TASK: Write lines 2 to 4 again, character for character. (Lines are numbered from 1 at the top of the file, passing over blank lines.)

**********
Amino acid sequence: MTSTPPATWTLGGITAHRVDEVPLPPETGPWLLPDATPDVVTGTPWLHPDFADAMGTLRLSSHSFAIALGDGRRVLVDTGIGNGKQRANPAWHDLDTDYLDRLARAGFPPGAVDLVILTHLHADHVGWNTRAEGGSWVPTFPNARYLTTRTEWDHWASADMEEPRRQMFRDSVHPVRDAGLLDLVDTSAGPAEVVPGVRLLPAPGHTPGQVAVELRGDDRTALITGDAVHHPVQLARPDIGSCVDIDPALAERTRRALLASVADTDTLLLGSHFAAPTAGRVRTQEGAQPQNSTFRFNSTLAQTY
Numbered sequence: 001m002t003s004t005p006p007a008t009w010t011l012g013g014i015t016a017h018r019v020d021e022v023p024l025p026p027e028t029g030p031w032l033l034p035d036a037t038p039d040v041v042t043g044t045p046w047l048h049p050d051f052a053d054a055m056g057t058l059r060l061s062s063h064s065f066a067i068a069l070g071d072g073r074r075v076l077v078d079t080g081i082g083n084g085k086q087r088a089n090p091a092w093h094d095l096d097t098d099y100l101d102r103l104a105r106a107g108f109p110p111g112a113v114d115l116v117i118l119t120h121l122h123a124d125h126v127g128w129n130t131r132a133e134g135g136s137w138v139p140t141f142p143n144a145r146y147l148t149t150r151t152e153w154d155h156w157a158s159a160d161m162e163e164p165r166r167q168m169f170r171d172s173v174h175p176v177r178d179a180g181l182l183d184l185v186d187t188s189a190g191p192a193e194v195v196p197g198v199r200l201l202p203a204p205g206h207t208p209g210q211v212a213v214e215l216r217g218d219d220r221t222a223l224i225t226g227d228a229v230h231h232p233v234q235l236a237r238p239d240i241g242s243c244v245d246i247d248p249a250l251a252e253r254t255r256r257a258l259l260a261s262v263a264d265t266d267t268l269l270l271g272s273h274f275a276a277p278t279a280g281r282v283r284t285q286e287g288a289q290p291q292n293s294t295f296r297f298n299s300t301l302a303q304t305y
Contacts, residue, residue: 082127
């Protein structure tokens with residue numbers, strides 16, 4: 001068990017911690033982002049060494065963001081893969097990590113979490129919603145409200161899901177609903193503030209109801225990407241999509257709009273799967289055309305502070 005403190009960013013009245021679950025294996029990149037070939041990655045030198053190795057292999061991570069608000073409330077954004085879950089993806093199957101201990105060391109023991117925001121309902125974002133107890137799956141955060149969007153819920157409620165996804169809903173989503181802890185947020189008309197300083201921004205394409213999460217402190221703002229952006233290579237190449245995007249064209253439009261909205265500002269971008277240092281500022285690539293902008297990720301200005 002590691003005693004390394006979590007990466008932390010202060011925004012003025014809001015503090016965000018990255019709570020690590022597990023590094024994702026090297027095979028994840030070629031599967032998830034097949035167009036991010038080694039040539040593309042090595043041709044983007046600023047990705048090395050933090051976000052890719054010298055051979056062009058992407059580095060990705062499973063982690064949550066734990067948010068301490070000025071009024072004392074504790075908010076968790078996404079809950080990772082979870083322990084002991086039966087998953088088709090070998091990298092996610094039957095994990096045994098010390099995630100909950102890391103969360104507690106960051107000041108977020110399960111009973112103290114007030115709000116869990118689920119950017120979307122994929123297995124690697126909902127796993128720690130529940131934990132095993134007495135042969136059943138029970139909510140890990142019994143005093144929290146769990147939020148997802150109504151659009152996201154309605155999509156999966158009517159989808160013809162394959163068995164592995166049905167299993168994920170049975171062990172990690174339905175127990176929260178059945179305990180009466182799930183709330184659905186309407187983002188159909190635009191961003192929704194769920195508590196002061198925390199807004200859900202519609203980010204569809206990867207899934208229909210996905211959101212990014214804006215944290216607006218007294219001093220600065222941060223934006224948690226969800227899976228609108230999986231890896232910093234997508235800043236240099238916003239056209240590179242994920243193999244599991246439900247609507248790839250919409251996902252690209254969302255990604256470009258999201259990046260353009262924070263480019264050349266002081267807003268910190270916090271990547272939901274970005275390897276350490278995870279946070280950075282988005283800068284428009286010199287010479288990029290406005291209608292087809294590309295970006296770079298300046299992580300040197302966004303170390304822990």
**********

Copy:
Numbered sequence: 001m002t003s004t005p006p007a008t009w010t011l012g013g014i015t016a017h018r019v020d021e022v023p024l025p026p027e028t029g030p031w032l033l034p035d036a037t038p039d040v041v042t043g044t045p046w047l048h049p050d051f052a053d054a055m056g057t058l059r060l061s062s063h064s065f066a067i068a069l070g071d072g073r074r075v076l077v078d079t080g081i082g083n084g085k086q087r088a089n090p091a092w093h094d095l096d097t098d099y100l101d102r103l104a105r106a107g108f109p110p111g112a113v114d115l116v117i118l119t120h121l122h123a124d125h126v127g128w129n130t131r132a133e134g135g136s137w138v139p140t141f142p143n144a145r146y147l148t149t150r151t152e153w154d155h156w157a158s159a160d161m162e163e164p165r166r167q168m169f170r171d172s173v174h175p176v177r178d179a180g181l182l183d184l185v186d187t188s189a190g191p192a193e194v195v196p197g198v199r200l201l202p203a204p205g206h207t208p209g210q211v212a213v214e215l216r217g218d219d220r221t222a223l224i225t226g227d228a229v230h231h232p233v234q235l236a237r238p239d240i241g242s243c244v245d246i247d248p249a250l251a252e253r254t255r256r257a258l259l260a261s262v263a264d265t266d267t268l269l270l271g272s273h274f275a276a277p278t279a280g281r282v283r284t285q286e287g288a289q290p291q292n293s294t295f296r297f298n299s300t301l302a303q304t305y
Contacts, residue, residue: 082127
């Protein structure tokens with residue numbers, strides 16, 4: 001068990017911690033982002049060494065963001081893969097990590113979490129919603145409200161899901177609903193503030209109801225990407241999509257709009273799967289055309305502070 005403190009960013013009245021679950025294996029990149037070939041990655045030198053190795057292999061991570069608000073409330077954004085879950089993806093199957101201990105060391109023991117925001121309902125974002133107890137799956141955060149969007153819920157409620165996804169809903173989503181802890185947020189008309197300083201921004205394409213999460217402190221703002229952006233290579237190449245995007249064209253439009261909205265500002269971008277240092281500022285690539293902008297990720301200005 002590691003005693004390394006979590007990466008932390010202060011925004012003025014809001015503090016965000018990255019709570020690590022597990023590094024994702026090297027095979028994840030070629031599967032998830034097949035167009036991010038080694039040539040593309042090595043041709044983007046600023047990705048090395050933090051976000052890719054010298055051979056062009058992407059580095060990705062499973063982690064949550066734990067948010068301490070000025071009024072004392074504790075908010076968790078996404079809950080990772082979870083322990084002991086039966087998953088088709090070998091990298092996610094039957095994990096045994098010390099995630100909950102890391103969360104507690106960051107000041108977020110399960111009973112103290114007030115709000116869990118689920119950017120979307122994929123297995124690697126909902127796993128720690130529940131934990132095993134007495135042969136059943138029970139909510140890990142019994143005093144929290146769990147939020148997802150109504151659009152996201154309605155999509156999966158009517159989808160013809162394959163068995164592995166049905167299993168994920170049975171062990172990690174339905175127990176929260178059945179305990180009466182799930183709330184659905186309407187983002188159909190635009191961003192929704194769920195508590196002061198925390199807004200859900202519609203980010204569809206990867207899934208229909210996905211959101212990014214804006215944290216607006218007294219001093220600065222941060223934006224948690226969800227899976228609108230999986231890896232910093234997508235800043236240099238916003239056209240590179242994920243193999244599991246439900247609507248790839250919409251996902252690209254969302255990604256470009258999201259990046260353009262924070263480019264050349266002081267807003268910190270916090271990547272939901274970005275390897276350490278995870279946070280950075282988005283800068284428009286010199287010479288990029290406005291209608292087809294590309295970006296770079298300046299992580300040197302966004303170390304822990």